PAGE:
It’s hard enough for enterprise leaders to agree on best practices around hybrid workforce management, and on the other side of the equation, employees are expressing a similar lack of consensus. Consider the following research findings, for instance:

  • Nearly three out of four workers hope to retain pandemic-era workforce flexibility on a permanent basis going forward.
  • More than two out of three of those very same workers say they’re looking forward to more face-to-face collaboration with coworkers in the future.

As employers work through these and other challenges and disconnects, establishing a highly engaging culture will be more important than ever. Just start with the following five recommendations.

1. clear guidelines matter

First things first: Successfully pivoting to a hybrid working arrangement on a permanent basis is going to require a shift in mindset across all levels of the org chart. From there, of course, the real challenge becomes alignment — specifically, making sure everyone not only buys in but is on the same page moving forward. That’s also the only way to establish the right culture for success in a hybrid work environment.

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Informational sessions for employees, along with new training for management, are two easy first steps you can take to help get everyone on your team in alignment. (Just be sure to think through the types of training, educational initiatives or programming your people will find the most valuable.) Meanwhile, it’s a good idea to take a hard look at your company’s policies, too. Ask yourself which ones make sense to keep — and which you might be better off scrapping — in the interest of cultural alignment.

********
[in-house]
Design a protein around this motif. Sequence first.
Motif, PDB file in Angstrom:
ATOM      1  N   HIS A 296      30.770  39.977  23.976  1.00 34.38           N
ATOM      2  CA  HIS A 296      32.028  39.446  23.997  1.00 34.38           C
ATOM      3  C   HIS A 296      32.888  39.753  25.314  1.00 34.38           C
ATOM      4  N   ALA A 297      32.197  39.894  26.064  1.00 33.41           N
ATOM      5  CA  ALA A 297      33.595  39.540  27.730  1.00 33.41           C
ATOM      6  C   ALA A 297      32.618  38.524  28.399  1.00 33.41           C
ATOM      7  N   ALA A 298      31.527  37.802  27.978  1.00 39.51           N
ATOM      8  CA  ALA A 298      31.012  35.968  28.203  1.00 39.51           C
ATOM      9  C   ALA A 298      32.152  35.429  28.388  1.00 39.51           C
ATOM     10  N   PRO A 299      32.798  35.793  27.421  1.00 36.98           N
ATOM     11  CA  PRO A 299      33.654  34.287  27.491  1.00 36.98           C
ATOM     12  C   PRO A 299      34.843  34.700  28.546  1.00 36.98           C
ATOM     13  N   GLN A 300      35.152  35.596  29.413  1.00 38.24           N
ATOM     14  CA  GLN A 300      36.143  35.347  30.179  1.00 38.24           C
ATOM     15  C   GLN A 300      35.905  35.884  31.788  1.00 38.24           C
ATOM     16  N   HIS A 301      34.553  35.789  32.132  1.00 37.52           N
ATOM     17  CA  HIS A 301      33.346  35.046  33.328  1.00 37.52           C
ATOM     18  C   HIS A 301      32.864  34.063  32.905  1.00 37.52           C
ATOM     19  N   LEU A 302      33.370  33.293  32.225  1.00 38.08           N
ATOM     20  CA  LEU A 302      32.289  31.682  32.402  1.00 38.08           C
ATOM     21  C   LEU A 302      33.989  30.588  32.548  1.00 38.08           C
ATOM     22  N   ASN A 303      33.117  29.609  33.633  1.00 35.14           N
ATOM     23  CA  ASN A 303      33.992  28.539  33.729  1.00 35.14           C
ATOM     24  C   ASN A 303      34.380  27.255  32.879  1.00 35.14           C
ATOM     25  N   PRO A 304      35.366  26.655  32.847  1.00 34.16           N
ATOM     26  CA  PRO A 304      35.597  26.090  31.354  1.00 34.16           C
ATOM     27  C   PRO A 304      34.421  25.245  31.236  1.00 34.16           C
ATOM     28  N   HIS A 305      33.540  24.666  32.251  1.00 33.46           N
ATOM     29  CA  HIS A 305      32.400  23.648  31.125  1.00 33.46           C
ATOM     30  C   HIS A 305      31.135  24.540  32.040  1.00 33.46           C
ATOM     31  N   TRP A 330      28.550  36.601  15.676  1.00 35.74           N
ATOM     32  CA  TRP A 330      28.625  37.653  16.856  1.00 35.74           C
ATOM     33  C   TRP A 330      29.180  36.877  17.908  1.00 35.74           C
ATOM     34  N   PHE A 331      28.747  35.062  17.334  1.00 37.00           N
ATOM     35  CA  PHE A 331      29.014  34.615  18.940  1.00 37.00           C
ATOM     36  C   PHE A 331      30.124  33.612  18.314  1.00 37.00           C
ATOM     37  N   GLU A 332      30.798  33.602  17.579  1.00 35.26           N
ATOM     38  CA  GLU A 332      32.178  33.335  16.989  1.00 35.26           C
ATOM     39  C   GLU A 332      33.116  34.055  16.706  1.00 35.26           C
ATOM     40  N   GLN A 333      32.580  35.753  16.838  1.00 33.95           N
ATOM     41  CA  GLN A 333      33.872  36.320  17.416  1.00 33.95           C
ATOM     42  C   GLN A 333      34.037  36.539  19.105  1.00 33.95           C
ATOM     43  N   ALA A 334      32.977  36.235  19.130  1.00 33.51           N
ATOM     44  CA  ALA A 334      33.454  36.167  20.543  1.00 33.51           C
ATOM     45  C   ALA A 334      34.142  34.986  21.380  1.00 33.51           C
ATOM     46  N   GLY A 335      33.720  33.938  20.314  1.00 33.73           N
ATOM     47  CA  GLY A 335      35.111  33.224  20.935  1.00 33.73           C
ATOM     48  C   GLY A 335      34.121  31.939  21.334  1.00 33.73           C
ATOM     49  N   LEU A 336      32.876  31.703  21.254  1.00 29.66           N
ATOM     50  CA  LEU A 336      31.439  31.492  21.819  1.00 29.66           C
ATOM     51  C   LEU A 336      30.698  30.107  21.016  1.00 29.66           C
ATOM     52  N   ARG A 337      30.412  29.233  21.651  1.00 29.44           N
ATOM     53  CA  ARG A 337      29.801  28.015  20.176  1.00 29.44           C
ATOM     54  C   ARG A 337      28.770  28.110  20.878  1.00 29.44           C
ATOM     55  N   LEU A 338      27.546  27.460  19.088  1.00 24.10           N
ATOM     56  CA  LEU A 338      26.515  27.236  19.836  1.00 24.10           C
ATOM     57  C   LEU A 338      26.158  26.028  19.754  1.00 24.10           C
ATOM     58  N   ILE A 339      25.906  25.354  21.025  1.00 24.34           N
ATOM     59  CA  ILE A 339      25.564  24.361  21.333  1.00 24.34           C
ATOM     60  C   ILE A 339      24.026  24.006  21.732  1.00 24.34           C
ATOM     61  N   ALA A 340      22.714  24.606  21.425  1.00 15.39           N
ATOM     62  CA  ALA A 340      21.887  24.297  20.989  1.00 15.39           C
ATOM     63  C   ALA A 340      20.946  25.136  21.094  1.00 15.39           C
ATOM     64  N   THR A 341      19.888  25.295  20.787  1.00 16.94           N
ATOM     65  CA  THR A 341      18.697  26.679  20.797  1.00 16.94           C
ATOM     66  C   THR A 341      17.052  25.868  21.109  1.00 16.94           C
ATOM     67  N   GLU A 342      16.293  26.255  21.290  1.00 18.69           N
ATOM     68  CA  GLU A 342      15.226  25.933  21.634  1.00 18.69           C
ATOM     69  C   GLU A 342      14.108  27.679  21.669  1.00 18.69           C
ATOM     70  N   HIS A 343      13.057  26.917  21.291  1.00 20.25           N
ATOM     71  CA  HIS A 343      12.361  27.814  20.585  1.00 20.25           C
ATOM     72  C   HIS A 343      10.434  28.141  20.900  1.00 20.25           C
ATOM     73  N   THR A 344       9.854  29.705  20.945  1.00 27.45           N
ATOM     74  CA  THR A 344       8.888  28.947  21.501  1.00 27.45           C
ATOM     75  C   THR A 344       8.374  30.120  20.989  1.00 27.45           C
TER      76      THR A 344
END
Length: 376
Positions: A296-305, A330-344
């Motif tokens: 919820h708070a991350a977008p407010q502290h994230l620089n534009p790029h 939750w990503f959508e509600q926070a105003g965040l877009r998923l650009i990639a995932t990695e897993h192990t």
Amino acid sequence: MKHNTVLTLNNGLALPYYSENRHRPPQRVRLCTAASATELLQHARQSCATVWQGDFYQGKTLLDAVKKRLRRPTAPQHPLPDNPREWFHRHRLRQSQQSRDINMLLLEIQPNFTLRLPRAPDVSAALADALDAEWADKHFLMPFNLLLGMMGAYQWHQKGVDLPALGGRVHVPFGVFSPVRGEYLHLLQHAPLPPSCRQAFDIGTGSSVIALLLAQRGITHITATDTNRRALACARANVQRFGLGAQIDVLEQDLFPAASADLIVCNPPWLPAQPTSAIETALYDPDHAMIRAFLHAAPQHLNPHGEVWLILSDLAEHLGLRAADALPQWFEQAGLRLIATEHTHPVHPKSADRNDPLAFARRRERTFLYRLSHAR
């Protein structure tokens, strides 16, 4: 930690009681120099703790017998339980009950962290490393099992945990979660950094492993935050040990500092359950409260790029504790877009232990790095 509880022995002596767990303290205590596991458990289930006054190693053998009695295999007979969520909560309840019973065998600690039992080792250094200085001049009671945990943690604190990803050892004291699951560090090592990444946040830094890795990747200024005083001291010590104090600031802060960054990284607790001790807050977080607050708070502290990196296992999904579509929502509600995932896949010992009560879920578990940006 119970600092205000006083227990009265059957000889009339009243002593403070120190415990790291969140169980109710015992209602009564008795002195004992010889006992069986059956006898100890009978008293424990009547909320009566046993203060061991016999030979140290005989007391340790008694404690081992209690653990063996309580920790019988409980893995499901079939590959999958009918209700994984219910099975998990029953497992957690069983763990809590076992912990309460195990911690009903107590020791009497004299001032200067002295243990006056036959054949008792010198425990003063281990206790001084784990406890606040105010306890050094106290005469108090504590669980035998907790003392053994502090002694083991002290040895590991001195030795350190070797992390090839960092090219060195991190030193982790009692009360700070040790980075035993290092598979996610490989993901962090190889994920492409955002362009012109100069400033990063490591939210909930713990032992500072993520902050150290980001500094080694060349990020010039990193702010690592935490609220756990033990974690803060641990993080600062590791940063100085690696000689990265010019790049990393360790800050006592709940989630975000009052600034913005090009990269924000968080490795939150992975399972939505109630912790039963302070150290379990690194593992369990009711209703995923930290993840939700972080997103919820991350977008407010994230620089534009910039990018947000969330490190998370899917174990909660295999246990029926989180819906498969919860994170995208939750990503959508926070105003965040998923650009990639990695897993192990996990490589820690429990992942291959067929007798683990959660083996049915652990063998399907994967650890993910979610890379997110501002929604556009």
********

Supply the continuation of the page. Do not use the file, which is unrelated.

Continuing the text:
2. think carefully about (re)design

Transitioning to a hybrid workplace is fundamentally an exercise in decentralization, one which could reduce real estate costs for companies by as much as 30 percent. Just one caveat: With the shift to hybrid working arrangements, collaboration actually becomes more important, not less. Despite a 44 percent increase in the use of online collaboration tools during the pandemic, for example, 67 percent of workers say they want more opportunities for face-to-face collaboration. How can hybrid leaders help deliver it?

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New working arrangements call for newly redesigned office spaces, simply for starters. Instead of focusing on individual offices, look to create shared, collaborative spaces — meeting rooms that are intentionally designed to host a mix of virtual and onsite participants, for example. This will help lay the groundwork for a culture in which virtual and onsite employees feel like equals. Meanwhile, don’t forget that onsite health and safety measures remain extremely important, too.

3. empathic leadership is key

Let’s face it: You’re in uncharted water here. And since no one knows better than you the uncertainty that comes along with broad-based changes in working conditions, you should treat your employees accordingly. Bear in mind that many may be juggling other responsibilities in parallel, whether that means caring for aging parents or their children. Leaders need to serve as role models for organizational culture, in other words.